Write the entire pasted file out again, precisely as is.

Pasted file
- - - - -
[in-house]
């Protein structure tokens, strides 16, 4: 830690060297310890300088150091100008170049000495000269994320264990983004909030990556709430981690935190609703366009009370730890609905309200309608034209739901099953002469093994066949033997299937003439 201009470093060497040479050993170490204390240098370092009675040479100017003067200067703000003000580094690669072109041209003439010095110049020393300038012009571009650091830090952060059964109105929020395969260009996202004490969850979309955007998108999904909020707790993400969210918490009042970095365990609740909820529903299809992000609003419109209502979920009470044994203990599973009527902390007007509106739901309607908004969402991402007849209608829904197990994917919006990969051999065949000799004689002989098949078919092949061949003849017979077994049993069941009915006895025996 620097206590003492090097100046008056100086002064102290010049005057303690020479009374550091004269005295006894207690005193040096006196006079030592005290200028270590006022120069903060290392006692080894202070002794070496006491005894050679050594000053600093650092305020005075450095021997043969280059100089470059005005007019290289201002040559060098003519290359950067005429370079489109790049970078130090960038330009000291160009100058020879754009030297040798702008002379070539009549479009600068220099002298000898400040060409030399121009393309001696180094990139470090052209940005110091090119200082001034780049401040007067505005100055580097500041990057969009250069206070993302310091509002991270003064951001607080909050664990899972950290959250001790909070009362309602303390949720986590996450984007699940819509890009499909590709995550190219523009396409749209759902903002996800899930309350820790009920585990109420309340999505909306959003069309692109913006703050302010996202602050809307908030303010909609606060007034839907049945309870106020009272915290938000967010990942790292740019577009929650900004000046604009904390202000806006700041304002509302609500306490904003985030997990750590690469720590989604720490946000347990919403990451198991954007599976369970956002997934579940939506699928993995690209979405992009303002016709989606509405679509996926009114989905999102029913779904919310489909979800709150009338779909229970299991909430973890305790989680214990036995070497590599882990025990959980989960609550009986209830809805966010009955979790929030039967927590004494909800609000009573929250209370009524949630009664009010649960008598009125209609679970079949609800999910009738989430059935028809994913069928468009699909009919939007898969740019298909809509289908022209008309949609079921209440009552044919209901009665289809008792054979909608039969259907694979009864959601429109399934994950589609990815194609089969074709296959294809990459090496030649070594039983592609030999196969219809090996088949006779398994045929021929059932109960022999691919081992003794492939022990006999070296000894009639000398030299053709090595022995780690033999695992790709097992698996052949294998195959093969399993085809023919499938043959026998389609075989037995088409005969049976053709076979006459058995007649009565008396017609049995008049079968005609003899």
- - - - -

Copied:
[in-house]
């Protein structure tokens, strides 16, 4: 830690060297310890300088150091100008170049000495000269994320264990983004909030990556709430981690935190609703366009009370730890609905309200309608034209739901099953002469093994066949033997299937003439 201009470093060497040479050993170490204390240098370092009675040479100017003067200067703000003000580094690669072109041209003439010095110049020393300038012009571009650091830090952060059964109105929020395969260009996202004490969850979309955007998108999904909020707790993400969210918490009042970095365990609740909820529903299809992000609003419109209502979920009470044994203990599973009527902390007007509106739901309607908004969402991402007849209608829904197990994917919006990969051999065949000799004689002989098949078919092949061949003849017979077994049993069941009915006895025996 620097206590003492090097100046008056100086002064102290010049005057303690020479009374550091004269005295006894207690005193040096006196006079030592005290200028270590006022120069903060290392006692080894202070002794070496006491005894050679050594000053600093650092305020005075450095021997043969280059100089470059005005007019290289201002040559060098003519290359950067005429370079489109790049970078130090960038330009000291160009100058020879754009030297040798702008002379070539009549479009600068220099002298000898400040060409030399121009393309001696180094990139470090052209940005110091090119200082001034780049401040007067505005100055580097500041990057969009250069206070993302310091509002991270003064951001607080909050664990899972950290959250001790909070009362309602303390949720986590996450984007699940819509890009499909590709995550190219523009396409749209759902903002996800899930309350820790009920585990109420309340999505909306959003069309692109913006703050302010996202602050809307908030303010909609606060007034839907049945309870106020009272915290938000967010990942790292740019577009929650900004000046604009904390202000806006700041304002509302609500306490904003985030997990750590690469720590989604720490946000347990919403990451198991954007599976369970956002997934579940939506699928993995690209979405992009303002016709989606509405679509996926009114989905999102029913779904919310489909979800709150009338779909229970299991909430973890305790989680214990036995070497590599882990025990959980989960609550009986209830809805966010009955979790929030039967927590004494909800609000009573929250209370009524949630009664009010649960008598009125209609679970079949609800999910009738989430059935028809994913069928468009699909009919939007898969740019298909809509289908022209008309949609079921209440009552044919209901009665289809008792054979909608039969259907694979009864959601429109399934994950589609990815194609089969074709296959294809990459090496030649070594039983592609030999196969219809090996088949006779398994045929021929059932109960022999691919081992003794492939022990006999070296000894009639000398030299053709090595022995780690033999695992790709097992698996052949294998195959093969399993085809023919499938043959026998389609075989037995088409005969049976053709076979006459058995007649009565008396017609049995008049079968005609003899």